I finally finished A Short History of Nearly Everything. Not my favorite book ever, but it was interesting. This wasn’t intended by the author, but my take-away was that there is pretty much no chance the earth formed by happy coincidence. Our world is a complex one.
I picked up Stand Tall Molly Lou Melon at the D.I. for 75 cents and the little boy loves her. This was one of my favorites to read to kids when I taught social skills classes. The illustrations are delightful and the message is perfect. I’ve given a lot of thought into how to teach my children to be resilient, and Molly is a step in the right direction.
I mean, just look at her.
My all-time favorite story from Snap Judgement is “The Minivan” by Caitlin Gill. (And yes, the link is to a YouTube video because it was from a live show, but I originally only heard the audio.) And although I haven’t heard it on the podcast very recently, I was thinking about it the other day. I’m usually one to roll my eyes a bit at a “love your body” message, but this one strikes a perfect balance of funny and inspirational. If I had teenagers this would be required listening.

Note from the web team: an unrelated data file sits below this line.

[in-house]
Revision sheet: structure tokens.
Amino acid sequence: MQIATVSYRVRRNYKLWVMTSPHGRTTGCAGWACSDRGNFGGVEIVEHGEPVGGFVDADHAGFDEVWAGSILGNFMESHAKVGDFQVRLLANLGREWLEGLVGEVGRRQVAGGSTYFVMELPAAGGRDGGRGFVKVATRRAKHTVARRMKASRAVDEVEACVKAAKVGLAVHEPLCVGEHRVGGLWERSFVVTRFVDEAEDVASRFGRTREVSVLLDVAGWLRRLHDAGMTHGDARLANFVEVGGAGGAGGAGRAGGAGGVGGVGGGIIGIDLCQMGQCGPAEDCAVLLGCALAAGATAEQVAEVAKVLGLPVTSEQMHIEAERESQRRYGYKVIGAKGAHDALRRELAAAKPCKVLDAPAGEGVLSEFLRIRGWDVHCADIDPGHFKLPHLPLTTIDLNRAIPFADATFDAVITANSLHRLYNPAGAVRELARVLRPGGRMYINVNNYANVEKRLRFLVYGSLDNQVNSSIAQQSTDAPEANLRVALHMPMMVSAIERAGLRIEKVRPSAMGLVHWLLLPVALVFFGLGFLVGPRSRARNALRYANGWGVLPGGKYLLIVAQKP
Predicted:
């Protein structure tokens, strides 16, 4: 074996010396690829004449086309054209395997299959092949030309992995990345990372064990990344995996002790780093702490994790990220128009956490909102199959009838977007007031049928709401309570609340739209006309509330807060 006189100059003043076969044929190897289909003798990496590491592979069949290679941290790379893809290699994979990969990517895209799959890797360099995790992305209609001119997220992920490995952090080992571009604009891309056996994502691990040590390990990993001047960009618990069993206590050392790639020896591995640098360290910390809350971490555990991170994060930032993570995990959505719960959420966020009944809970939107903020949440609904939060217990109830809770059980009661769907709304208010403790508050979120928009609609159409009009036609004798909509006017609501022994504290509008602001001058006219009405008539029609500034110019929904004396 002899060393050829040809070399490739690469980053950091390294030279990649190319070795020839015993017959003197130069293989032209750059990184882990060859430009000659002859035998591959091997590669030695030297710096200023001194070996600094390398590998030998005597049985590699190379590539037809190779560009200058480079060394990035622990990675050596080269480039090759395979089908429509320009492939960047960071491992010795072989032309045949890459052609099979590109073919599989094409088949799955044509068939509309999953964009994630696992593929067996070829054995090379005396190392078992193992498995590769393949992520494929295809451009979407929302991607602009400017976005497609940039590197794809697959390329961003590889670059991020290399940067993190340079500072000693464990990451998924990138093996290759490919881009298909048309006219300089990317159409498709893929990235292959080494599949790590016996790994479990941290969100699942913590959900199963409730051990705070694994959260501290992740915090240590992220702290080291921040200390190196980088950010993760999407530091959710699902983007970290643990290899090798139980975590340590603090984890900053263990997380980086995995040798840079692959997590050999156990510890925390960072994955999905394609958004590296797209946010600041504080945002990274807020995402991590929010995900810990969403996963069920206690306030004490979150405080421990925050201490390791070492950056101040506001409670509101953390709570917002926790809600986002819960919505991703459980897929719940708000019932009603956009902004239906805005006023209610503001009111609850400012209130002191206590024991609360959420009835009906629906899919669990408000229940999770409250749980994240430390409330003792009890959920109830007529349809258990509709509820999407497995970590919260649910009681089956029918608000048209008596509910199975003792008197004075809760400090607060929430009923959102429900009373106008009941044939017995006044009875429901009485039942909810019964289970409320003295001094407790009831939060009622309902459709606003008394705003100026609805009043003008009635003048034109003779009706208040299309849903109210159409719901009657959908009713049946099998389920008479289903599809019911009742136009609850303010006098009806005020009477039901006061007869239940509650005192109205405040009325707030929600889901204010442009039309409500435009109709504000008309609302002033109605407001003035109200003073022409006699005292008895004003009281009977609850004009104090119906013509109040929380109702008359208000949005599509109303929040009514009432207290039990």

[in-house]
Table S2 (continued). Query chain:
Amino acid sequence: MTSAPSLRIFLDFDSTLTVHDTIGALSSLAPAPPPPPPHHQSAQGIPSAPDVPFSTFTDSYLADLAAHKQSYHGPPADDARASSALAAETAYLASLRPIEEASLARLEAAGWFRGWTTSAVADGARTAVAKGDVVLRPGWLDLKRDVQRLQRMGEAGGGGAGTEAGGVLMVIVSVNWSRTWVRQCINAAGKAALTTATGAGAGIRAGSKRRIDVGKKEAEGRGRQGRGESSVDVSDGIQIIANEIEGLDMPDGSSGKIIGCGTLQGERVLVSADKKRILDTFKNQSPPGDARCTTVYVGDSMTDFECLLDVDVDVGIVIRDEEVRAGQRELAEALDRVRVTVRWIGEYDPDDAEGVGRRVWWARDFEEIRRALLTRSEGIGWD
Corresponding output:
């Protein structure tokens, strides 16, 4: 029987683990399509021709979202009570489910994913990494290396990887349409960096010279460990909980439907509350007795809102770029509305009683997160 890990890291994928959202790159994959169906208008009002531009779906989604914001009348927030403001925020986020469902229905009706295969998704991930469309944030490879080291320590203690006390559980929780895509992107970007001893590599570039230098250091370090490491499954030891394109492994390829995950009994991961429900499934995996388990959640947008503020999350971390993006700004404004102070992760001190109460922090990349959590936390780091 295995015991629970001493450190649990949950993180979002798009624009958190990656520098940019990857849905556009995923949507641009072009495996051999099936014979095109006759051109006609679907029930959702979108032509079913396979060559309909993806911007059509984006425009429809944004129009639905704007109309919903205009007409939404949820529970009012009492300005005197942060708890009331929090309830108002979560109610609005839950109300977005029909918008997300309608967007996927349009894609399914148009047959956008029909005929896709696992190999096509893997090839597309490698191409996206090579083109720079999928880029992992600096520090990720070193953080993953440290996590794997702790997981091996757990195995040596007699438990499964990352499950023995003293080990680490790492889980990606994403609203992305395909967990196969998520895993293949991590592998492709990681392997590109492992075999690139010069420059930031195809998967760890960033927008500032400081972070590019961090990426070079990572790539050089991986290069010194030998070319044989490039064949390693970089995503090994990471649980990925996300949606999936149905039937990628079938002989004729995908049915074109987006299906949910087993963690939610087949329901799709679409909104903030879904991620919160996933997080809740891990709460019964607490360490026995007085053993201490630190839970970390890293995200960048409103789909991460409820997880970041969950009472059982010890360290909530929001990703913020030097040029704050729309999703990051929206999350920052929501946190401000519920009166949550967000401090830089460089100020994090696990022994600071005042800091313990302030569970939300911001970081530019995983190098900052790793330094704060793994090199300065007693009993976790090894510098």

We started watching Sherlock (with Cumberbatch) a few years ago on Amazon Prime and got to the 1st episode of the second season before it disappeared from Prime. Last week I happened to go to the PBS Masterpiece website to check on something else and low and behold they had just started running Sherlock season 2! So that’s been our Sunday night watch lately.
I also really liked this dumb Jimmy Fallon clip.
We’ve gotten in the habit of sticking all our recyclables in a cardboard box in a highly visible area of the kitchen. It’s an eyesore. So I decided to build a little tilt-out cabinet for a recycle bin. My first time making furniture from a pile of wood without any help from Ikea. And miracle of miracles, it actually turned out as good or better than I hoped. Now I just need to fill holes, prime a few areas, drill a hole for the knob, then paint. All the worst parts.
I’m working through the Regan line of my ancestry, and got very excited when I realized my great great grandpa (Edward Keating) may have been living near Chicago around the same time as the 1893 World’s Fair (he wasn’t very far away in 1900, and I don’t know how old he was when he left for school). I read The Devil in the White City a while ago and have perked up at every mention of that World’s Fair ever since. It was really kind of magical. And the thought of my twice great grandpa wandering through the exhibits as a 17 year-old makes me happy. Maybe he rode the world’s first ferris wheel!